'That clever?': Dave Warner's sneaky 'tactic' to trick NZ

Was it gamesmanship from David Warner or was the Aussie batsman just going about his business as usual?

Test great Mark Waugh thinks the Aussie opener may have outwitted New Zealand on the third day of the opening Test in Perth, courtesy of a sneaky tactic.

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The Kiwis thought they had Warner caught for 15 when a short ball from Colin de Grandhomme was taken in the slips.

Umpire Aleem Dar turned away the New Zealand appeals as Warner turned to seemingly walk away from the batting crease.

Perhaps viewing it as a sign that the Aussie batsman knew he was out, Kiwi captain Kane Williamson immediately challenged the umpire's not out decision.

New Zealand wasted a DRS challenge after the ball struck David Warner's shoulder. Pic: Getty/Fox Sports

Replays showed that Warner's bat was nowhere near the ball and that it had struck his shoulder before being caught behind, with snicko also coming up blank.

Commentating for Fox Sports, Waugh couldn't help but think that it was gamesmanship from Warner that saw the Kiwis blow one of their DRS challenges.

“I wonder whether David Warner was just foxing New Zealand so they would go for the review knowing that he didn’t hit it,” Waugh said on Fox Cricket.

“Would he be that clever?”

New Zealand then blew their other review a short time later with an optimistic LBW shout on a ball to Marnus Labuschagne that was comfortably wide of his stumps.

Regardless of whether Warner intentionally tried to dupe the Kiwis into burning their first review or not, his wobbly innings didn't last much longer.

Warner was caught off guard by extra pace and bounce of a Tim Southee short ball, falling to a regulation catch for 19 runs.

It proved a blueprint for a much improved day for New Zealand with the ball as the visitors made the most of the tricky evening conditions.

Kiwi bowlers find success after going short

New Zealand will still need to pull off a world-record chase in Perth but the Black Caps found their plan for the summer after a barrage of short balls claimed a bag of wickets.

The Aussies went to stumps at 6-167 on Saturday night, leading New Zealand by 417 with two full days still to play in the first Test of the three-match series.

But the scoreboard only told half the story at Optus Stadium.

Five Australian batsmen fell in a chaotic final 15 overs, as New Zealand kept at their plan of digging the ball in short with catchers on both the pull shot and behind square.

Warner, Steve Smith and Marnus Labuschagne were all caught on the pull shot on Saturday, Travis Head turned one to leg gully and Joe Burns was also dismissed after a short ball rapped his gloves.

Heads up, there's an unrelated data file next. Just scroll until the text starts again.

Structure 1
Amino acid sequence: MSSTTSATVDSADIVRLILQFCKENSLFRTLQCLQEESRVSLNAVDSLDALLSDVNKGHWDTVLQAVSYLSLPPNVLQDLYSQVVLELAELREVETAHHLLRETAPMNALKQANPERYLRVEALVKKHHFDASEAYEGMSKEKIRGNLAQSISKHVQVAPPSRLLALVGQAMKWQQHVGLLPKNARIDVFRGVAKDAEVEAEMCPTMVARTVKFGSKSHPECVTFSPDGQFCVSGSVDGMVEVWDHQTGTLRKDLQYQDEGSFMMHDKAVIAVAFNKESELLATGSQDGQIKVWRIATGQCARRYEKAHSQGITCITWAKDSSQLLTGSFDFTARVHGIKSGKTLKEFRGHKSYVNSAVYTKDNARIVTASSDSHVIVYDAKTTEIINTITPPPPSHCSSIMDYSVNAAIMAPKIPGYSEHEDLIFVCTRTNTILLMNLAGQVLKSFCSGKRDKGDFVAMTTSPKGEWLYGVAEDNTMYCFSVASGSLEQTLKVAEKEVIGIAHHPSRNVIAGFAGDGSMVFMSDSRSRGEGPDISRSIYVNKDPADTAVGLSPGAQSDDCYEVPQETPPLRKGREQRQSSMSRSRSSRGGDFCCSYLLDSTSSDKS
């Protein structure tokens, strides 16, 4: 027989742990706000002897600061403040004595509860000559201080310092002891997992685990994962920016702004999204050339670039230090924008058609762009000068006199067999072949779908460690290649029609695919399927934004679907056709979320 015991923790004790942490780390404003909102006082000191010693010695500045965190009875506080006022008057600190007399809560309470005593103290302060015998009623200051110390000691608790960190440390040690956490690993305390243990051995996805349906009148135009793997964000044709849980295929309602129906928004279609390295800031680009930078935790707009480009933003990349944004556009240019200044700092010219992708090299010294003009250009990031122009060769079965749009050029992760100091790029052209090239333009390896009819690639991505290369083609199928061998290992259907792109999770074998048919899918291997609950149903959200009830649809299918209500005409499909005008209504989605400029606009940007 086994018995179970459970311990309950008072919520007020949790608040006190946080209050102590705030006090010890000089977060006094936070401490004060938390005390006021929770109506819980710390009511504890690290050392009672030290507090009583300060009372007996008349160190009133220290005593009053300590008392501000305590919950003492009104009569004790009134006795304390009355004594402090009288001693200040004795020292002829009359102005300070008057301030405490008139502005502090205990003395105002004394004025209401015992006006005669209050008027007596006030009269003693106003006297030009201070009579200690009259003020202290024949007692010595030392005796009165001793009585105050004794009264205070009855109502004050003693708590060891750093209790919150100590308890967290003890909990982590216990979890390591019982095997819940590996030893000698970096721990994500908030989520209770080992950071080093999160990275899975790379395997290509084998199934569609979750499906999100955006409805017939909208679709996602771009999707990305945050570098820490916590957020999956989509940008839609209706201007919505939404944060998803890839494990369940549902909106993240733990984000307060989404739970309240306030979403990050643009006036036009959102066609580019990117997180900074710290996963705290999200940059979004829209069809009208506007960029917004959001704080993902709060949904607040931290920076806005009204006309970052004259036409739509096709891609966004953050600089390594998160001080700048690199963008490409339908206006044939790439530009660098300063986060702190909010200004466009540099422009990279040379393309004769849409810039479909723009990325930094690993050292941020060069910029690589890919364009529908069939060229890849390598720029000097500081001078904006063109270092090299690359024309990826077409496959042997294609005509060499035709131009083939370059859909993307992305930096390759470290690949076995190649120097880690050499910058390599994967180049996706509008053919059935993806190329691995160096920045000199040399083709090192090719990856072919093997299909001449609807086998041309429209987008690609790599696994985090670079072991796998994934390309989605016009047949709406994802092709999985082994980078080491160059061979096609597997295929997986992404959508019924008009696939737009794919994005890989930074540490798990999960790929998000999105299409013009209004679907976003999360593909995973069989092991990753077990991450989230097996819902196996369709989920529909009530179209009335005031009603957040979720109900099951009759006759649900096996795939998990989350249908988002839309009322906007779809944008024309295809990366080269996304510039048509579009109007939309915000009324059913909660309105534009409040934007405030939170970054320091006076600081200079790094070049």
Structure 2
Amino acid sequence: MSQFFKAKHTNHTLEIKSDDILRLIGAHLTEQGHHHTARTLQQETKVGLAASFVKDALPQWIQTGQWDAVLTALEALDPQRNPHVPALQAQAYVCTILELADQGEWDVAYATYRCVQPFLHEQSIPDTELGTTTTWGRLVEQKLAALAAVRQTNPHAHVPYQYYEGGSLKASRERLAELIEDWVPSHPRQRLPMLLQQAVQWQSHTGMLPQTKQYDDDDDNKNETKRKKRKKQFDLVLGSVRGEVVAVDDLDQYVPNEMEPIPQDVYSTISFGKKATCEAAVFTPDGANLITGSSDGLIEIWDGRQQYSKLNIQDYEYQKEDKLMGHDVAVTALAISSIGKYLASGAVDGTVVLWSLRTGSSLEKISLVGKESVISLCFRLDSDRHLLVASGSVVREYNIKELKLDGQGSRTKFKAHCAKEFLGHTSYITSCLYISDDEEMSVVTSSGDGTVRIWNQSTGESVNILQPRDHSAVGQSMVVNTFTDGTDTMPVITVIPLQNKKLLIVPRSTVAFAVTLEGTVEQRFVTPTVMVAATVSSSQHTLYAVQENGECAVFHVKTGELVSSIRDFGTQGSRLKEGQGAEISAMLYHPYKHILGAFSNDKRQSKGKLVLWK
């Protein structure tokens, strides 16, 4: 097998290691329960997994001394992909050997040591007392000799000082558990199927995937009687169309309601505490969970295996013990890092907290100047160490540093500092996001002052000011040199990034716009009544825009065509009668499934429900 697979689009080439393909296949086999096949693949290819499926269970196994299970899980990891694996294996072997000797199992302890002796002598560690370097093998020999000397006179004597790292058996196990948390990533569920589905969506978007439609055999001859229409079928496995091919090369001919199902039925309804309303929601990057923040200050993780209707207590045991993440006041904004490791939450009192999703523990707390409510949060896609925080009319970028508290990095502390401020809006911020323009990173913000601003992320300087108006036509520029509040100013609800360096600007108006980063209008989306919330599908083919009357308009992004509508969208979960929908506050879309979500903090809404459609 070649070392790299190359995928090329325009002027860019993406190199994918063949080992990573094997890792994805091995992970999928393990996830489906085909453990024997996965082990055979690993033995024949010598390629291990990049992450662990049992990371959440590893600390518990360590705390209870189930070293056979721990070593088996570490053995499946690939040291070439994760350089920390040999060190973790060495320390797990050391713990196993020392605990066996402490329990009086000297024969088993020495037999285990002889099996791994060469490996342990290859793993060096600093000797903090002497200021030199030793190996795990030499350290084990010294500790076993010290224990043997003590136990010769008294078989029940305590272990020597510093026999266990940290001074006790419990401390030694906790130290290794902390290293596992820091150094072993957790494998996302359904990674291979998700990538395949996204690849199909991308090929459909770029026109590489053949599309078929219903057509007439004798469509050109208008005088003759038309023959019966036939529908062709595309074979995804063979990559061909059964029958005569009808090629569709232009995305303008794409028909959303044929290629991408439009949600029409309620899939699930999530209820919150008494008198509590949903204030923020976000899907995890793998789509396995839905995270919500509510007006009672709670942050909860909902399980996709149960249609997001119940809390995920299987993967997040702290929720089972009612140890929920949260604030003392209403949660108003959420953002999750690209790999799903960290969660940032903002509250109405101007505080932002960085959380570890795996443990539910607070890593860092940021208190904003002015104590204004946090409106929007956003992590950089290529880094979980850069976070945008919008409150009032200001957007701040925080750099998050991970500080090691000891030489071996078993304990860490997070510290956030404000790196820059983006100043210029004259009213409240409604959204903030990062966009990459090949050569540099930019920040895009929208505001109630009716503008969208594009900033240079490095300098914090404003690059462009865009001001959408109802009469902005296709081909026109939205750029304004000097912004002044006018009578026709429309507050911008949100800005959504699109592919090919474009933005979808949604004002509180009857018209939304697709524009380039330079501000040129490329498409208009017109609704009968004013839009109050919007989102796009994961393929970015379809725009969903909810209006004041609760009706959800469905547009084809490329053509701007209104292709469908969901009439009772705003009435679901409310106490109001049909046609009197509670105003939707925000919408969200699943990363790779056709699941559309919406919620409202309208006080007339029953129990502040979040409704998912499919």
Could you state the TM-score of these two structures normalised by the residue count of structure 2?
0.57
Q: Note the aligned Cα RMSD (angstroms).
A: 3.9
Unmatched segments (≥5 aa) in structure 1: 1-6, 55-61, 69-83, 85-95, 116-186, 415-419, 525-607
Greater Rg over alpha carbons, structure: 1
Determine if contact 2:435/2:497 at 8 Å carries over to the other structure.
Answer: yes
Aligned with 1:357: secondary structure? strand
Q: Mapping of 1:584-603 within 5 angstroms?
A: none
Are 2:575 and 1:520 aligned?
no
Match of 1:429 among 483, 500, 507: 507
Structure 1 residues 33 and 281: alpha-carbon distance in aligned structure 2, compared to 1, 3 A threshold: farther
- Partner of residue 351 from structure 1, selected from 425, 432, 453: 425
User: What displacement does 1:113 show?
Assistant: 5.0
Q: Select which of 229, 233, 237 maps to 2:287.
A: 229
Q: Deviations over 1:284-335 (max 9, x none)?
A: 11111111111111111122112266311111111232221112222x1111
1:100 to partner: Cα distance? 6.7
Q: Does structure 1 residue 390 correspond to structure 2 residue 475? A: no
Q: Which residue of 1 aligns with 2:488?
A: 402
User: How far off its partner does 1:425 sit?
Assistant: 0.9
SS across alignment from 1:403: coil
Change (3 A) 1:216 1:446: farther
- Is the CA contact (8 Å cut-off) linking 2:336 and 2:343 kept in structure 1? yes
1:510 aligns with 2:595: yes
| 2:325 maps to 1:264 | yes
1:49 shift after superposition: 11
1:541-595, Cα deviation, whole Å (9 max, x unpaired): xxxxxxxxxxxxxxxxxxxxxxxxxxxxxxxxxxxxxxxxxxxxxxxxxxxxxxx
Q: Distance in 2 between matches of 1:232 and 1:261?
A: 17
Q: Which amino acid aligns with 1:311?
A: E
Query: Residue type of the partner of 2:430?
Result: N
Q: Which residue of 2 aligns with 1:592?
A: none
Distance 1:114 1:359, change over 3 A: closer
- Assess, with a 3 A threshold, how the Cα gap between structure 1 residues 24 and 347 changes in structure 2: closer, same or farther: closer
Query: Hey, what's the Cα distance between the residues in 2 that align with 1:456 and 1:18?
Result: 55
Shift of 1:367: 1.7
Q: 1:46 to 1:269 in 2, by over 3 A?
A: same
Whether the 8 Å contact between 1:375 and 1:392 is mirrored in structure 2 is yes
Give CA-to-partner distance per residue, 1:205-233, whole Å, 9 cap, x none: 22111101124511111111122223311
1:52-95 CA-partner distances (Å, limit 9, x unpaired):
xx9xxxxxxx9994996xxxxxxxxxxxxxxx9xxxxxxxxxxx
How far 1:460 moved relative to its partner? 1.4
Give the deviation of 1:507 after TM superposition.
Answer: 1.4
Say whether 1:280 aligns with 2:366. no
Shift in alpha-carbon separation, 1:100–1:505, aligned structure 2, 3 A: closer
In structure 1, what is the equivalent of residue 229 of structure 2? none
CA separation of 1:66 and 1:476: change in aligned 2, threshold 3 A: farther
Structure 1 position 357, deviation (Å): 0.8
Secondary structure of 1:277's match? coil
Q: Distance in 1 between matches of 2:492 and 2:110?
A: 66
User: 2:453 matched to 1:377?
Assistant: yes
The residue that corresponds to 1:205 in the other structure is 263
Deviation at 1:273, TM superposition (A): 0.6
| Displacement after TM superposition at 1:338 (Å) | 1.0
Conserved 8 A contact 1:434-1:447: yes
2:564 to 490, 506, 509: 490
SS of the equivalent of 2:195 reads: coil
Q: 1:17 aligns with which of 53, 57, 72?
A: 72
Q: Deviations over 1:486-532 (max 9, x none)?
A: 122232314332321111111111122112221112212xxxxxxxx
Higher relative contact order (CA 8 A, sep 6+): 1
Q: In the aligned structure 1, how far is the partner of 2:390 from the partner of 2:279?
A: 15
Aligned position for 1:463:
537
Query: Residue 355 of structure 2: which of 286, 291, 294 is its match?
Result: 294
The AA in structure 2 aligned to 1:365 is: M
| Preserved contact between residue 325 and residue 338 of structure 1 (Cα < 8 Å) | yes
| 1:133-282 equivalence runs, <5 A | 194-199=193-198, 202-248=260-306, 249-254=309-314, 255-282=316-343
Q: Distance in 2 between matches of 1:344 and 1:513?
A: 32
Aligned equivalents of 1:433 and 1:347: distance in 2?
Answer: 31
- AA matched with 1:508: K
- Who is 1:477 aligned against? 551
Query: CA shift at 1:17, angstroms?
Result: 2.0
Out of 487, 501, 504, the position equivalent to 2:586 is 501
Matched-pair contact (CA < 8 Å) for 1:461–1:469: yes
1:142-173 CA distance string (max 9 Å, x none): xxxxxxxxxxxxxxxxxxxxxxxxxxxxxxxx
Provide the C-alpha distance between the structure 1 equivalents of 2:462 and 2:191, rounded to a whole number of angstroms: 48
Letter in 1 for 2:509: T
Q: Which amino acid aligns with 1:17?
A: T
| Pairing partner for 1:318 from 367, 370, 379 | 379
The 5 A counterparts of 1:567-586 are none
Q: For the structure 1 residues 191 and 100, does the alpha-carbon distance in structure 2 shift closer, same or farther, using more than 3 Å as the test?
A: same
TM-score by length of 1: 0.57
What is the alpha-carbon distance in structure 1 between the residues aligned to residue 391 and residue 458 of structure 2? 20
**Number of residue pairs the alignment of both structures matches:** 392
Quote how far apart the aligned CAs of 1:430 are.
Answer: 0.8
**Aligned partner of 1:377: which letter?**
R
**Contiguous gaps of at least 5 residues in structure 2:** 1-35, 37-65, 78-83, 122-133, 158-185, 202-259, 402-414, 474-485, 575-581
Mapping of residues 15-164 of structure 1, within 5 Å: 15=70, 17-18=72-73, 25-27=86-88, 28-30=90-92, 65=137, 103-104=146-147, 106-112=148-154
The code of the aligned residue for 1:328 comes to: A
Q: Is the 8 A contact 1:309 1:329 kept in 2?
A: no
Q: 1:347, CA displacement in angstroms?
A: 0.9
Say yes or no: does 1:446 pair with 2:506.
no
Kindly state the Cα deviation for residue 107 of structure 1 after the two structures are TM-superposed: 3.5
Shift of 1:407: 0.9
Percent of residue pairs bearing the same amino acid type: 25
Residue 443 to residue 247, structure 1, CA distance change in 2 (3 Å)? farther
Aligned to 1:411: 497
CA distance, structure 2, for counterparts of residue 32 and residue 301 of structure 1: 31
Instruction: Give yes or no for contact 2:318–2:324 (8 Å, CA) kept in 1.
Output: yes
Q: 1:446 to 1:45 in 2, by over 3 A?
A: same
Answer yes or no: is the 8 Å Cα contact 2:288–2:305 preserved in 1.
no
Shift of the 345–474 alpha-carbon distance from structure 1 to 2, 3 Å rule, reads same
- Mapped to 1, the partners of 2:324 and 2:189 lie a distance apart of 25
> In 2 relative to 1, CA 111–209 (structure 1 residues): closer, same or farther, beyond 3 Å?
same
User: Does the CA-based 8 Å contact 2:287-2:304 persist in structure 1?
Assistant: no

"They have done it in the past and to all sorts of teams. We knew that tactic was coming," Burns said.

"It's tough because they are executing the balls they want to bowl.

"It's easier said than done to say you're just going to come around the wicket or for (Neil) Wagner to bowl long periods of the short ball with that field.

"As a batter you've just got to wear them down and try and pounce on bad balls.

"They didn't miss many times or give us many free runs as can happen with that theory. It's why they are the No.2 Test team in the world."

Burns himself hit a gritty 53, while Marnus Labuschagne's 50 was the first time he has failed to make a century in a glittering summer.

Smith's dismissal on 16 would have been more concerning for the Aussies.

After being caught pulling at leg trap in the first innings, he again succumbed to a Wagner short ball when he hit one straight to Jeet Raval at square leg halfway in from the rope.

Tim Paine was the only Australian out to a fuller ball, bowled by a Tim Southee beauty for a duck as the right-armer finished with 4-63.

"It's definitely a tactic we've used in New Zealand to good effect and Neil has been a fantastic exponent of doing that," senior Black Cap Ross Taylor said.

"The match-up throughout this whole series, not just this match, will be key and we'll get a lot of confidence from that."

The late flurry of wickets mean New Zealand will likely find themselves batting against the new ball during the preferred daytime batting period.

But surviving or prospering against Australia won't be easy after they made just 166 in their first innings.

Mitchell Starc on Saturday finished off his third five-wicket haul in day-night Tests, as his 5-52 tore through the Black Caps' reply to Australia's 416.

Starc's fifth - and only wicket on day three - was shrouded in controversy, with Colin de Grandhomme caught in slips on 23.

Replays appeared to show the ball had missed his gloves before clattering into his helmet, however third umpire Marais Erasmus couldn't find enough evidence to overturn the on-field call.

With Josh Hazlewood injured, Nathan Lyon also bagged two - including the key scalp of Taylor for 80.

With AAP